Because of their extended shelf life, cooked, canned goods lend themselves well to this type of production. Sealed aluminum cans remain on an inventory shelf for up to twelve months while waiting for labeling. Hence, the terms, "brite stock" or "shiny stock" were created to refer to this type of stock. To be able to accommodate requirements lot and sublot tracking must extend and be maintained within the brite stock. Also, the manufacturing process must be able to be separated into two stand alone, independent processing runs. One would be for the production run to make the brite stock and a second, a packaging run to label and ship the product.

Catch weight or random weight is a common, and non-negotiable requirement for some food categories, particularly with meats. While meat and poultry products may be advertised for $50 a box, tin, or drum, the invoiced price is based on the actual, not estimated or expected weight of the product. Accordingly, not only does the software have to track the total weight, including packaging weight, to calculate shipping charges, it must also track the catch weight for pricing. While the concept may be simple to comprehend, its application may not that easy. However, this is an industry practice that cannot be ignored in some categories; it is the way business is done.

Some food companies are in the "disassemble" business. These companies grow or acquire one raw material and make many products from this single raw material. For example, a chicken processor may buy live chickens to make many different parts. An apple processor buys many different grades and sizes of apples, sorts them, and processes them into many different products. In contrast, discrete companies buy many different parts to make one end item and the bill of material was designed for this purpose. In process manufacturing, when one raw material is made into many end-items, a formula or recipe (process's equivalent to the discrete bill of material) is being asked to do something for which it was not designed. Consequently, a formula must have the flexibility and tensile strength to be changed rapidly and still conform the existing resources and routings on the plant floor. For example, it may be a "game time" decision on how to process a batch of apples to maximize the product yield. The software must be able to accommodate these changes through formula and routing modifications and still stay within the constraints of the plant floor. Of course, we want to maintain the integrity of the original formula and routing.

Additionally, companies making multiple end items from a single incoming ingredient have a series of requirements that must be addressed. In place of a traditional bill of materials, they require a model that accounts for multiple outputs, often called by-products, co-products, and waste. With this model, companies require scheduling which reflects the logic of the plant. Are they scheduling a quantity of end item, end items, units of inputs or hours of processing time? All are common. If planning is to be used, will the planning system deal with independent demand for multiple items or limit demand to a single item? Costing functionality must reflect the various methods used today. Some end items are priced at market (the currently available price for that item), produced waste items should have their cost of disposal charged back to the process (and therefore products) that produced the waste. Finally, multiple end items may require that the cost of the entire process to be split based upon a percentage split of cost. Since producing multiple end items means that we may have the same item as both a consumed item and a produced item, the system must deal with recycles. Recycles can have a significant impact scheduling, planning, and costing.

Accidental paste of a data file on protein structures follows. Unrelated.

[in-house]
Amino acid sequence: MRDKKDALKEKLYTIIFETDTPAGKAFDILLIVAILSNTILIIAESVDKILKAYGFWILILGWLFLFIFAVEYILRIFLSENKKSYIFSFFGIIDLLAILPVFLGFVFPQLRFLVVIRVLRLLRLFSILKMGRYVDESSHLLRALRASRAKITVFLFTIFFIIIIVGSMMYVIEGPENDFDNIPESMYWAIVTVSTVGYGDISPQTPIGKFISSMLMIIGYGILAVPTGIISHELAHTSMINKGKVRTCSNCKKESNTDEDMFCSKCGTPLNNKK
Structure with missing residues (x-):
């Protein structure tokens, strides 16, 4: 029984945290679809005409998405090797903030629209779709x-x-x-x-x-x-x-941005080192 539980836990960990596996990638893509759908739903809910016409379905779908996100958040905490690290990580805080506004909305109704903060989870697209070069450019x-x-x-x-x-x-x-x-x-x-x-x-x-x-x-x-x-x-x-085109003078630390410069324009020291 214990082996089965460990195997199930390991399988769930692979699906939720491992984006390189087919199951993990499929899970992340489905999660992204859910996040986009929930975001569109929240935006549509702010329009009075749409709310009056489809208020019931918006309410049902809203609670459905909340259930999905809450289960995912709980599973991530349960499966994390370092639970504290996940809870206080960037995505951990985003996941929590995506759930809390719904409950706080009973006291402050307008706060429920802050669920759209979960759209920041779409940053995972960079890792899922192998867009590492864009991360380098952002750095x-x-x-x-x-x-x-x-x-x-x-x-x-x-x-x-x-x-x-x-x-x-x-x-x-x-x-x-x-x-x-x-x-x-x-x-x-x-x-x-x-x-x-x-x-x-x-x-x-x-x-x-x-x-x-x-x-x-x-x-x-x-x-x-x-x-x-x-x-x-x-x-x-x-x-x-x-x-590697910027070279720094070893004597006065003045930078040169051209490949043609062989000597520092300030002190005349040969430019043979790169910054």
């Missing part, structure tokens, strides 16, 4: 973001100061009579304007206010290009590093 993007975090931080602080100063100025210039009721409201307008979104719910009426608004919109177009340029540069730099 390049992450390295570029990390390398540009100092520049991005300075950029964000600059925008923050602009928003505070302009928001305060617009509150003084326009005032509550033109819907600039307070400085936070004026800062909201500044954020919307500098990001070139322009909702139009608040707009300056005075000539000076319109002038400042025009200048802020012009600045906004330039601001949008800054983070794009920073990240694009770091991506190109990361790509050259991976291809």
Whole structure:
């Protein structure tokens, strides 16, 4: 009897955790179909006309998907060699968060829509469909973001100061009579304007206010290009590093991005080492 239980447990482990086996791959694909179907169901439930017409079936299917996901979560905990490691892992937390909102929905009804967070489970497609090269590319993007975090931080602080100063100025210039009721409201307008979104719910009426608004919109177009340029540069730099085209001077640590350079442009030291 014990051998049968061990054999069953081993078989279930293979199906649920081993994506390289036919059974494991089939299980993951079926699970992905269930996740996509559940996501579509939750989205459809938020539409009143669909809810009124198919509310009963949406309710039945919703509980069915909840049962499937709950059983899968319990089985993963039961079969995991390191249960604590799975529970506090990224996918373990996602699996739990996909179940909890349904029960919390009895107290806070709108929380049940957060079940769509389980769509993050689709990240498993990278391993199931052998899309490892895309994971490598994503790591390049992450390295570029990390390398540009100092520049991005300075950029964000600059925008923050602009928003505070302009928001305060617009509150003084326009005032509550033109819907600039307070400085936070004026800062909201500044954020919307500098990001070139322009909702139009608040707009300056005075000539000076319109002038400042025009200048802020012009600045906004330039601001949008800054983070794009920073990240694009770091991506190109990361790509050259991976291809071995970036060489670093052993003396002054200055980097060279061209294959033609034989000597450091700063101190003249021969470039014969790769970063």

Other aspects of the F&B industry that you must be aware of are:

  • Flexible packaging alternatives (i.e. consider the different ways you can purchase soda).

  • Re-pack functionality (i.e. don't have soda in 1 liter bottles but can re-pack 55-gallon drums).

  • Bulk storage using tanks and silos and the need to maintain, record, and track temperature and spoilage attributes.

  • Special needs of fresh, chilled, and frozen ingredients and products.

  • Container management for beverages.

This concludes Part One of a three-part note.

Part Two discusses process manufacturing requirements for the chemical industry.

Part Three discusses process manufacturing requirements for the textile industry and provides a summary.

About the Authors

Joseph J. Strub has extensive experience as a manager and senior consultant in planning and executing ERP projects for manufacturing and distribution systems for large to medium-size companies in the retail, food and beverage, chemical, and CPG process industries. Additionally, Strub was a consultant and Information Systems Auditor with PricewaterhouseCoopers and an applications development and support manager for Fortune 100 companies.

He can be reached at

Olin Thompson is a principal of Process ERP Partners. He has over twenty-five years experience as an executive in the software industry. Thompson has been called "the Father of Process ERP." He is a frequent author and an award-winning speaker on topics of gaining value from ERP, SCP, e-commerce, and the impact of technology on industry.

He can be reached at